Intel Corp. and other tech companies offered encouraging signs for business spending on data-center equipment, something that bodes well for IBM’s forthcoming second-quarter earnings report.
Worries have accelerated of late that macroeconomic conditions, particularly in Europe, are causing softness in tech spending. Some companies, such as Alcatel-Lucent have provided bleak guidance and results, while others have largely dodged impacts from softening demand. Though, several companies provided evidence that demand has been holding up relatively well, even amid caution and uncertainty about the global economy.
As a result, the stocks of several tech companies that provide data-storage services rose after recent declines.
However, the earnings cycle is still early, and some companies with high exposure to Europe have posted dismal results. A big test will come when IBM, one of the world’s largest information technology companies, reports its numbers after the close of trading. Some analysts are expecting IBM to again report soft top-line results, but others are expecting a solid quarter.
“The takeaway so far from reported results is a mixed bag,” FBN Securities analyst Shebly Seyrafi said. “Europe isn’t negatively impacting all companies in the same way. … The companies that report this week will probably have more reassuring things to say than companies that preannounced a week or two ago.”
One example is Intel, whose results contrasted with rival chip maker Advanced Micro Devices Inc. (AMD). AMD last week said its revenue would fall 11% sequentially during the recently ended quarter, rather than be flat to up 6% as it had anticipated. It cited weakness in China and Europe.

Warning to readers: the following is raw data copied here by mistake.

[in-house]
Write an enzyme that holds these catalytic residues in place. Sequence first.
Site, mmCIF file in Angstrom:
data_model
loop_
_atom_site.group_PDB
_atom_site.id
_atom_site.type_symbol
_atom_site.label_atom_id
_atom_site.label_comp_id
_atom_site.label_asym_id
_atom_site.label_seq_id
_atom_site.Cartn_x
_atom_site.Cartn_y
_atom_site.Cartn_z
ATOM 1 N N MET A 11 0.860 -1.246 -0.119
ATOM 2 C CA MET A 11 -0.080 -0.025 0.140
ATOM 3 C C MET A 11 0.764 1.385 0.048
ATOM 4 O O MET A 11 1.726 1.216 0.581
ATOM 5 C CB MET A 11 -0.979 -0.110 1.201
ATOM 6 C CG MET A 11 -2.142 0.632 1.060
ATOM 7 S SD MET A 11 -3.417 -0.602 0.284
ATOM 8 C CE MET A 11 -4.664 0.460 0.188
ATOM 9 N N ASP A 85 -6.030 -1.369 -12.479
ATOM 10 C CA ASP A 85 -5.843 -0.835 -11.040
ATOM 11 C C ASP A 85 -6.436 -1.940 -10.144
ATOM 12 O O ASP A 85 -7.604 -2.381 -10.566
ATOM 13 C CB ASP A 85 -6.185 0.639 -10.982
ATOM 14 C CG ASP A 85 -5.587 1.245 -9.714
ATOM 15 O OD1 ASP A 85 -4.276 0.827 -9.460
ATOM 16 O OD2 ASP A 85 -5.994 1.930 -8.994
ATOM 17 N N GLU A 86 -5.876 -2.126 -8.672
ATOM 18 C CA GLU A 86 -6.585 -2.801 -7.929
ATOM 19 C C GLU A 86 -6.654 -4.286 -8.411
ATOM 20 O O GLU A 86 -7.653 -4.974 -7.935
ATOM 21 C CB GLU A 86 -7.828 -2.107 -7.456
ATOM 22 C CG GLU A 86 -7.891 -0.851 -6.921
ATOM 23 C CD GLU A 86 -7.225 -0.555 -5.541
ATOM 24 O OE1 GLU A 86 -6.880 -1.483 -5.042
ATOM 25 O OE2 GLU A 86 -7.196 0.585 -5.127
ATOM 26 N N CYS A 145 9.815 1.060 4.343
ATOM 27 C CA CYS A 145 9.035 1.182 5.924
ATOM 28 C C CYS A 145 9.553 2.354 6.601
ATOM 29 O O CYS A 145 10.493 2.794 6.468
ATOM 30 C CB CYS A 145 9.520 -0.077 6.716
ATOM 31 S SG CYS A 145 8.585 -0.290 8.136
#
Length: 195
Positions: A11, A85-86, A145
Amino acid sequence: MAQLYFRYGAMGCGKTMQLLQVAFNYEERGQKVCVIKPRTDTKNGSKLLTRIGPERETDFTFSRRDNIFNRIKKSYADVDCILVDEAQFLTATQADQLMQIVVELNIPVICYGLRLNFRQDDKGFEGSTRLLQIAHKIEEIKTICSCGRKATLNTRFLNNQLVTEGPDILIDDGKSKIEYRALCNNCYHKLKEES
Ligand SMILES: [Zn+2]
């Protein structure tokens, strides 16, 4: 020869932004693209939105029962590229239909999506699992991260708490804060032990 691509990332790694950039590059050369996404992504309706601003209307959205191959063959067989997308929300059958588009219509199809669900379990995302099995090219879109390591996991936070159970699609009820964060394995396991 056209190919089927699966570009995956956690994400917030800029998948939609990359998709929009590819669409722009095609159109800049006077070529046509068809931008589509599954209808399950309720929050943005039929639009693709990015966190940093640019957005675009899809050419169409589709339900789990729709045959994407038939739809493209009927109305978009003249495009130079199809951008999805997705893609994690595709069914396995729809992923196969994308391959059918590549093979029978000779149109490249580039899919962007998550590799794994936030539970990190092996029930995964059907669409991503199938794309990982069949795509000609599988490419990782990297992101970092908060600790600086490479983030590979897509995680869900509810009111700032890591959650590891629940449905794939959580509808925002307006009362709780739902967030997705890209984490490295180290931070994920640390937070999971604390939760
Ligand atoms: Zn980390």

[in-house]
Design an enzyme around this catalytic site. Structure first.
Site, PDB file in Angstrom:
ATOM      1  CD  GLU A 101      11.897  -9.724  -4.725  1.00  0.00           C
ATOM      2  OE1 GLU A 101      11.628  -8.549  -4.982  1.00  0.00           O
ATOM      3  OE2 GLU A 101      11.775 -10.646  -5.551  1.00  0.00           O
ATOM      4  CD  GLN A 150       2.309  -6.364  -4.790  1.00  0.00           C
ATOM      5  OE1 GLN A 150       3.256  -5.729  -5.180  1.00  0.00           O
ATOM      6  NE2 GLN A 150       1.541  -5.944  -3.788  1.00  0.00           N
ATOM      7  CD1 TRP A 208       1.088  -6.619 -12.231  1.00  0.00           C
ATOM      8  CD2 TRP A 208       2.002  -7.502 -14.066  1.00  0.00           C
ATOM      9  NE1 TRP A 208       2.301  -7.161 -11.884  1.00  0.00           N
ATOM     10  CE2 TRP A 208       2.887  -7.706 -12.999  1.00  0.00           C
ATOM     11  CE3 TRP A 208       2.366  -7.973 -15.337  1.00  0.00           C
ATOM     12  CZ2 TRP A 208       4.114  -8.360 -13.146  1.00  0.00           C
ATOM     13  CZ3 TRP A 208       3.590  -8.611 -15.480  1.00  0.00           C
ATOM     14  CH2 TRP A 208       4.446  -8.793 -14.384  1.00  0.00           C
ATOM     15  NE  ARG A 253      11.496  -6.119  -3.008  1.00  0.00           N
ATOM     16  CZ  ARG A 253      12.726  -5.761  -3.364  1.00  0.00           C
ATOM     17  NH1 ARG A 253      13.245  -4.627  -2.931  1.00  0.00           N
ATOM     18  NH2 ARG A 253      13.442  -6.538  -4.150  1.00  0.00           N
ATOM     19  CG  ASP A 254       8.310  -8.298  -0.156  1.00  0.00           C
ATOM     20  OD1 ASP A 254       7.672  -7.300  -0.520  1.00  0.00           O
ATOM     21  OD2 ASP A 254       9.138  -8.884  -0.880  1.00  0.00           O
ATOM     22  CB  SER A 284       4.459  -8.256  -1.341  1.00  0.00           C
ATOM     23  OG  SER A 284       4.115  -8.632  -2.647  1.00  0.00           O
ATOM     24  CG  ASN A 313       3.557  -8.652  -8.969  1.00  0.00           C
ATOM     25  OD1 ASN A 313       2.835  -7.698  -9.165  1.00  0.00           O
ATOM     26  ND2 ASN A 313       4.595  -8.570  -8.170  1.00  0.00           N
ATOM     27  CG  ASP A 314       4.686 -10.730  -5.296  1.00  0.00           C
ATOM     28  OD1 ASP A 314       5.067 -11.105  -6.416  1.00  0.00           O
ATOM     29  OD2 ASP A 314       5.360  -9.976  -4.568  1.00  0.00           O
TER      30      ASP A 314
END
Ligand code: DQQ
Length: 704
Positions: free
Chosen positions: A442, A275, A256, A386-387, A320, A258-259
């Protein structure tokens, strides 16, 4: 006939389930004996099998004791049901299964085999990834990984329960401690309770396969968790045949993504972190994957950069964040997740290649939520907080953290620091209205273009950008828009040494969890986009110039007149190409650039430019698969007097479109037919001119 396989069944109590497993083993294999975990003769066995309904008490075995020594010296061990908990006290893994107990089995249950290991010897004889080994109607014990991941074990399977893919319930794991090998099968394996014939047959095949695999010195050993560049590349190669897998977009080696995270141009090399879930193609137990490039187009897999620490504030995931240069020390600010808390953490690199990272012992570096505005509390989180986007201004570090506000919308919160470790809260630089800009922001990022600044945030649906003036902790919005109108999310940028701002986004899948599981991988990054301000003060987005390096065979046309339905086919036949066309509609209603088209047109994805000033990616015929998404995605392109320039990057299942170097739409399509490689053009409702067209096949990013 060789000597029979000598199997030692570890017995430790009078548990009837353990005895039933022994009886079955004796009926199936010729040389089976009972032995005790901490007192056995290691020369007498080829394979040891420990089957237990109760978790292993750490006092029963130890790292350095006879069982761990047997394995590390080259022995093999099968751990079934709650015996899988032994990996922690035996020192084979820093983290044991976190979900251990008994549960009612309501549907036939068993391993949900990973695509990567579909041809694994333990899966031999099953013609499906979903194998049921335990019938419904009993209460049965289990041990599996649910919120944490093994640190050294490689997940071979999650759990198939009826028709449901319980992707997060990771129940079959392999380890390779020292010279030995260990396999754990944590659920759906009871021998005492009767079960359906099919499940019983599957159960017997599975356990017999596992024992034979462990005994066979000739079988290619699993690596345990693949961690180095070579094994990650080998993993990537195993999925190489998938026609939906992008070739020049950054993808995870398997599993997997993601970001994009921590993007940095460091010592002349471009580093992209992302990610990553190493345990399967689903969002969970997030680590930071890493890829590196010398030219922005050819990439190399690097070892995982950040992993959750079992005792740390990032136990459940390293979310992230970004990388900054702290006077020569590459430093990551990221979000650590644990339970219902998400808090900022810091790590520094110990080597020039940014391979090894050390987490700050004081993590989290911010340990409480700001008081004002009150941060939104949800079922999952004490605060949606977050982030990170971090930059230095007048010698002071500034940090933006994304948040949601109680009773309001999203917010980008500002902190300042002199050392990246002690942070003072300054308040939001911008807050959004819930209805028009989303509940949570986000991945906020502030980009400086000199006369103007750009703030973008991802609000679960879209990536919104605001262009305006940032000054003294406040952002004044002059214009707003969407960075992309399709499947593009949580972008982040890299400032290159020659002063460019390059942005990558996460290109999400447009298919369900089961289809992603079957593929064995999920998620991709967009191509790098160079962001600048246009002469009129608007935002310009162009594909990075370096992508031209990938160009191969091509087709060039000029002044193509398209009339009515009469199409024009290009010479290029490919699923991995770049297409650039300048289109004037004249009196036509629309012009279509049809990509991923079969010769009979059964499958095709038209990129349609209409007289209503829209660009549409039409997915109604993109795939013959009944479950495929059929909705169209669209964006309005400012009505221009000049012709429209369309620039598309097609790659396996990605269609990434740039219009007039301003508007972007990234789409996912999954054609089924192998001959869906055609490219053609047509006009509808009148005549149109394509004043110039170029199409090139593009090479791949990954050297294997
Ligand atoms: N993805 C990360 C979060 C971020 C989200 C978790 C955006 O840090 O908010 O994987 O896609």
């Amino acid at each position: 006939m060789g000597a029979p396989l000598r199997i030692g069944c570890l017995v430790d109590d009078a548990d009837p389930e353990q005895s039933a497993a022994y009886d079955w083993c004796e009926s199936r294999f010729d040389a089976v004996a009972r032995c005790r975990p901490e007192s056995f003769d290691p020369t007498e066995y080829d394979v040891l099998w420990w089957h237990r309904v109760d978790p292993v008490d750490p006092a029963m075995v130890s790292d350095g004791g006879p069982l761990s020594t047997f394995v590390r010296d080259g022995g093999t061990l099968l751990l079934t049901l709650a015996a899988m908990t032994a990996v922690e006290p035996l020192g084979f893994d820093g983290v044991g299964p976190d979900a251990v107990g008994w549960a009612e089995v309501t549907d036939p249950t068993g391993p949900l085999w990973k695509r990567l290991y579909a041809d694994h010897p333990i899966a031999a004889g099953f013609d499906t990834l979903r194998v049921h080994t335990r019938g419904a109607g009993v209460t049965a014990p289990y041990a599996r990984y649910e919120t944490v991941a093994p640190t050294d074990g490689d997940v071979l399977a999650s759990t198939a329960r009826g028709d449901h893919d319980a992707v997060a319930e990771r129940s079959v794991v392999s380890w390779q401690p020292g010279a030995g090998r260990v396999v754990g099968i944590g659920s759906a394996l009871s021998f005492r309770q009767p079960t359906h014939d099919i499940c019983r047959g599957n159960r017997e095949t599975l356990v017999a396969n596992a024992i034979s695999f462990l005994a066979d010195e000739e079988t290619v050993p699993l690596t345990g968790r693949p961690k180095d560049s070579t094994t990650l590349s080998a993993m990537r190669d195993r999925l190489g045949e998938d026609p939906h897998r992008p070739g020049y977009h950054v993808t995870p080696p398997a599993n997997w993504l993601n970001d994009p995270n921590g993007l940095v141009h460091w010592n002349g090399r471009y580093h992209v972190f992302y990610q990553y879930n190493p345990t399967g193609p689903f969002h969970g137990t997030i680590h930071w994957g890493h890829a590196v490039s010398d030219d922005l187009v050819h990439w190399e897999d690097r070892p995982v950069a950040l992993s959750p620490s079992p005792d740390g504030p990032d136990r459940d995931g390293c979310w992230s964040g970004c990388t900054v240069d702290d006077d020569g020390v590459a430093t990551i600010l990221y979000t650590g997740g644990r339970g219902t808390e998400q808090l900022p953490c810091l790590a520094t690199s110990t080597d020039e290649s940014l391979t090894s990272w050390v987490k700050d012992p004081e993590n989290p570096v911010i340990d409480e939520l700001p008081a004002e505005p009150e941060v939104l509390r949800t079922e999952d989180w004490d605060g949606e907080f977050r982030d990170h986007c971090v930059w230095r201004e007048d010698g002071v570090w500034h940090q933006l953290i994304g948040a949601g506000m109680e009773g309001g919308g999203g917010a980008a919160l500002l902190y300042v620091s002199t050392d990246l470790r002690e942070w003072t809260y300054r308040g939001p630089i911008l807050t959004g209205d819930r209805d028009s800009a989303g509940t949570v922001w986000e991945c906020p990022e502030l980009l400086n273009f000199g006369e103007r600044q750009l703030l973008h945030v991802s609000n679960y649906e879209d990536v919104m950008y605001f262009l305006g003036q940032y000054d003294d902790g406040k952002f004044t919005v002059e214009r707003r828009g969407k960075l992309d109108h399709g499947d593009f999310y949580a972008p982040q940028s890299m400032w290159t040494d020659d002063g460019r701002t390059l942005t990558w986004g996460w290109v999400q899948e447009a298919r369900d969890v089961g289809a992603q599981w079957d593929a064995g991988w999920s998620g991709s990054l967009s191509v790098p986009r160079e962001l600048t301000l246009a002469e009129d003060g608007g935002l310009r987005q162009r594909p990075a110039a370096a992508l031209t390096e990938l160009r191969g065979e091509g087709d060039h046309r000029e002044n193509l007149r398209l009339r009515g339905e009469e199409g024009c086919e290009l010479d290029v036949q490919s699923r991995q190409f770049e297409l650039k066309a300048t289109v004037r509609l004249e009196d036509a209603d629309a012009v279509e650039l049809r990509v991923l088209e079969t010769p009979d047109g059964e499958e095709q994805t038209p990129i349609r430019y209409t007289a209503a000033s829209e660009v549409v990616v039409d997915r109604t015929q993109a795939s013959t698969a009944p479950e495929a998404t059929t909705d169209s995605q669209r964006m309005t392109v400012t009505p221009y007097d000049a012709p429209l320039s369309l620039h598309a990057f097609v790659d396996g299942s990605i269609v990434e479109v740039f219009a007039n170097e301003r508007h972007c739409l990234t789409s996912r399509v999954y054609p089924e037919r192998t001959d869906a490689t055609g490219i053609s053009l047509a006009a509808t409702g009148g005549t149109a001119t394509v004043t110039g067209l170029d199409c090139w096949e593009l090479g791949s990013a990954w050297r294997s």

Intel, meanwhile, reported revenue only slightly below the midpoint of its guidance, hurt by flash memory and PC weakness. It called out mature markets such as Western Europe and the U.S. as weaker areas and said growth in emerging markets is moderating.
But Intel, which provides chips for the majority of the world’s PCs and servers, also said its business selling chips for data-center products remained solid despite macroeconomic weakness, with revenue in the unit up 15% and server revenue setting a record.
In other positive news, storage giant EMC Corp. (EMC) and virtualization software provider VMware Inc. (VMW) both provided a glimpse into their recently ended quarters and outlook for the full year. VMware reported better-than-expected second-quarter revenue and boosted its 2012 guidance. EMC’s preannounced results were largely in line with expectations, while it maintained its view for the year.
BMO Capital Markets analyst Keith Bachman noted that both VMware and EMC have been hurt by fears that they would lower their outlooks. He added that data-center companies will likely be rewarded for meeting, not exceeding numbers, in their quarterly reports.
“The danger for all of these companies is we’re seeing the flip side of benefits to vendors becoming increasingly global,” Pund-IT analyst Charles King said.
He noted that during the economic downturn in 2008, exposure to China and other areas helped companies counteract the softness in the U.S. But this time around, troubles in Europe and China are continuing, while the U.S. is slowly moving toward recovery.
“What I would expect to see from IBM would probably be a solid quarter with indications of caution for the rest of the year,” he said.
For now, tech stocks are benefiting from the relief over concerns about data-center spending. EMC shares recently jumped 9.8% to $25.17, while VMware soared 11% to $89.27. Intel climbed 3.2% to $26.19, and IBM gained 1.6% to $186.54.
Other data-center companies trading higher included software makers Salesforce.com Inc. (CRM) and NetSuite Inc. (N), both up about 6%, and storage vendor NetApp Inc. (NTAP), up 5.5%.
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